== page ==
A canard that gets abused often in discussions about the tax code is the notion that it somehow unfairly advantage corporations at the expense of workers. Many cite lower effective tax rates for corporations as proof that businesses are skating on their public finance obligations. This ignores some fundamental differences between personal income taxes and corporate taxes, as well as the fact that companies pay levies at the state and local level and shoulder heavy payroll liabilities for large workforces.
It bears repeating that what makes corporations’ effective tax rate lower than its statutory income tax rate isn’t due to widespread abuse or tax gamesmanship, but rather it’s due to companies investing in their workers and their facilities here in the U.S. These tax features are intended to correct for other inadequacies that reduce investment, limit capital and prevent the efficient allocation of profits.
Measures intended to induce capital investment and hold companies harmless in years of loss can all reduce taxable income, below the income reported on financial statements. Companies in all industries get these benefits, but one feature that is particularly prevalent amongst tech firms is the granting of shares of stock as part of an employee’s compensation.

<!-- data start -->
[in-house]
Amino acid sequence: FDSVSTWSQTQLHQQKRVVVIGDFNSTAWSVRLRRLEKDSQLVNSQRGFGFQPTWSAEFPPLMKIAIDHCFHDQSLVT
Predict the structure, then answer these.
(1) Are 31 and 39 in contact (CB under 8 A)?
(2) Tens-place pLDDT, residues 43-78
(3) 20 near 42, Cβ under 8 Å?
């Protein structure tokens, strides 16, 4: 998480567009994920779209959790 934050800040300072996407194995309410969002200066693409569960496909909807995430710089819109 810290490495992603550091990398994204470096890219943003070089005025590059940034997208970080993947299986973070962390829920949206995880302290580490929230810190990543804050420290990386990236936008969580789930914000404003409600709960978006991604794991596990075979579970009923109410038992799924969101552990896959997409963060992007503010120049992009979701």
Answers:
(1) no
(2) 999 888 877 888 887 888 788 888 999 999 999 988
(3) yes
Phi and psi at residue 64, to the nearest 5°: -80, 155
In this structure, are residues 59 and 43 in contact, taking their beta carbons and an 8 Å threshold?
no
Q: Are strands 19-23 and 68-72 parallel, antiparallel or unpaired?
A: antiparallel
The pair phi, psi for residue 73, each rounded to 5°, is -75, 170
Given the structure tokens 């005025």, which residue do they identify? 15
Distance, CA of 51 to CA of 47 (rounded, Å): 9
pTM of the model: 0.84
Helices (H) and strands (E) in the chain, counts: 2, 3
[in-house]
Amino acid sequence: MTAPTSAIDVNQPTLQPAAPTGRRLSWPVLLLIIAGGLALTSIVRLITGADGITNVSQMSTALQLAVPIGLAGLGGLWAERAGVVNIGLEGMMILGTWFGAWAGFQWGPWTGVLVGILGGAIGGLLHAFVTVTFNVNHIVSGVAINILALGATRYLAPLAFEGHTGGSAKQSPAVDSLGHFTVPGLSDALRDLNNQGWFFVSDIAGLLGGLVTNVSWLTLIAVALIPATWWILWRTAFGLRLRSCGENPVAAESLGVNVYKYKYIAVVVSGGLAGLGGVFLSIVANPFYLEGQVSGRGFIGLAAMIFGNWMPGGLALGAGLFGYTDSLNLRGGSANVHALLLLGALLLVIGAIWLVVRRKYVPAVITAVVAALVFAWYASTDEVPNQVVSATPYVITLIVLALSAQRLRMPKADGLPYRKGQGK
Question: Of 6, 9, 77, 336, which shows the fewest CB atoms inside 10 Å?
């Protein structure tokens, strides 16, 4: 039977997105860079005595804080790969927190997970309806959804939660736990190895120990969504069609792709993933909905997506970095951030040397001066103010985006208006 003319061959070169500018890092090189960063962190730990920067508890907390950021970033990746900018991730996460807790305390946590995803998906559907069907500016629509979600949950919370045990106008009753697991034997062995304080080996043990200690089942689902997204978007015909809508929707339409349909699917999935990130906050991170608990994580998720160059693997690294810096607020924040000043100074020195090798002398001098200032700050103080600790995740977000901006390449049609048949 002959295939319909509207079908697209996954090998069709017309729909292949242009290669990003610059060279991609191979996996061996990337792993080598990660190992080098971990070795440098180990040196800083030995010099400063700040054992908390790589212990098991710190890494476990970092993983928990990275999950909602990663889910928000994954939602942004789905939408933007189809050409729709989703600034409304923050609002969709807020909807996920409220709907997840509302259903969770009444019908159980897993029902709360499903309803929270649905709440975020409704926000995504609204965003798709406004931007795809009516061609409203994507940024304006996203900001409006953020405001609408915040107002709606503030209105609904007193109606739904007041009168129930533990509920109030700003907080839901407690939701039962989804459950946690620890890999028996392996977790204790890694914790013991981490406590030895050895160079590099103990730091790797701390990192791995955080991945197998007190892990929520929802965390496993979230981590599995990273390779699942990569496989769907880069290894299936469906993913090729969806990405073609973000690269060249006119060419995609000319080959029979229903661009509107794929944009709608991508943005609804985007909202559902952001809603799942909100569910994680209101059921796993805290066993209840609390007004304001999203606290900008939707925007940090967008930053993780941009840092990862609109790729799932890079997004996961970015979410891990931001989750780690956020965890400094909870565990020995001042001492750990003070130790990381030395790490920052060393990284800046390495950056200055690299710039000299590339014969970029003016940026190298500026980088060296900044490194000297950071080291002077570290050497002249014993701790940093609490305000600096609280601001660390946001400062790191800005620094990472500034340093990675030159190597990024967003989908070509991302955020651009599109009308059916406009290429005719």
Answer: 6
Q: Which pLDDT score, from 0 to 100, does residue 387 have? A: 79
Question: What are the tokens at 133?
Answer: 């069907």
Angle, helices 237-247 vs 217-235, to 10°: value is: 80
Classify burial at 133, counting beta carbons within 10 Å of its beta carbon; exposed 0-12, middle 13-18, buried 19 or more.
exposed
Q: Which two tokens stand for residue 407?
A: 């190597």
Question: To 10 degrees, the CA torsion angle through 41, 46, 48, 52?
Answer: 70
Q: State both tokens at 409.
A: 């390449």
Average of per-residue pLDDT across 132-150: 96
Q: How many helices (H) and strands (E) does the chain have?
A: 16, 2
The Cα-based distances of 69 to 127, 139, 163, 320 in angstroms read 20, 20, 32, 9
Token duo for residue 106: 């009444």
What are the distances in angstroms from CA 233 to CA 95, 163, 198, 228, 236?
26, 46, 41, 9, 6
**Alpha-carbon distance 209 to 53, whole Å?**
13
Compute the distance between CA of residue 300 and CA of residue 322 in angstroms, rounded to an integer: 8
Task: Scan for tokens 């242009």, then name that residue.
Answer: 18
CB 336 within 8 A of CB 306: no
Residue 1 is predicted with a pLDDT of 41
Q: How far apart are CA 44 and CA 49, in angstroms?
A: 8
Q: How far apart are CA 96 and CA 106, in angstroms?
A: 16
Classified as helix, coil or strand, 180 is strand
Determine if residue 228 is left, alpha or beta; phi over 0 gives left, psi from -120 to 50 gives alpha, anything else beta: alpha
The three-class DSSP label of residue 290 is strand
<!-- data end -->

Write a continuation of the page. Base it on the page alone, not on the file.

For employees of companies that are some of the most valuable in the world, this can be a very attractive perk. Many of these companies famously pay below-market salaries and instead provide generous stock grants, tying the employee’s total salary to the company’s overall performance. Employees and the company, therefore, have the same incentives: improved performance.
Stock-based compensation actually has its genesis in the 1990s, when Congressional Democrats and President Bill Clinton were looking for ways to rein in executive pay. They did so by prohibiting salaries in excess of $1 million from being deducted from a company’s federal tax liability, exempting compensation in the form of stock.
Companies account for the cost of the shares when they’re granted, but stock-based compensation is elastic: in years of strong corporate performance, the value of the stock rises. So too then does the value of the deduction businesses can take for that compensation that was already provided. In the case of Amazon, their share price has increased 400 percent in five year, the value of their stock-based compensation has too.
This has the effect of reducing a company’s taxable income by larger amounts in years in which it is more profitable. This isn’t an accounting trick, it’s simply ensuring that companies and their employees aren’t taxed too much.
Investing in workers and domestic locations benefits the economy and it benefits shareholders. When a corporation does well, the effects of those higher profits are distributed to its rank and file workers, through better stock performance and higher wages. The effect is wealth accumulation for workers, the means of which were thought to only apply to executives less than 30 years ago. Today’s political narrative often seeks to pit workers against corporations. The advent of stock-based compensation illustrates one way that benefits for workers and companies are closely aligned.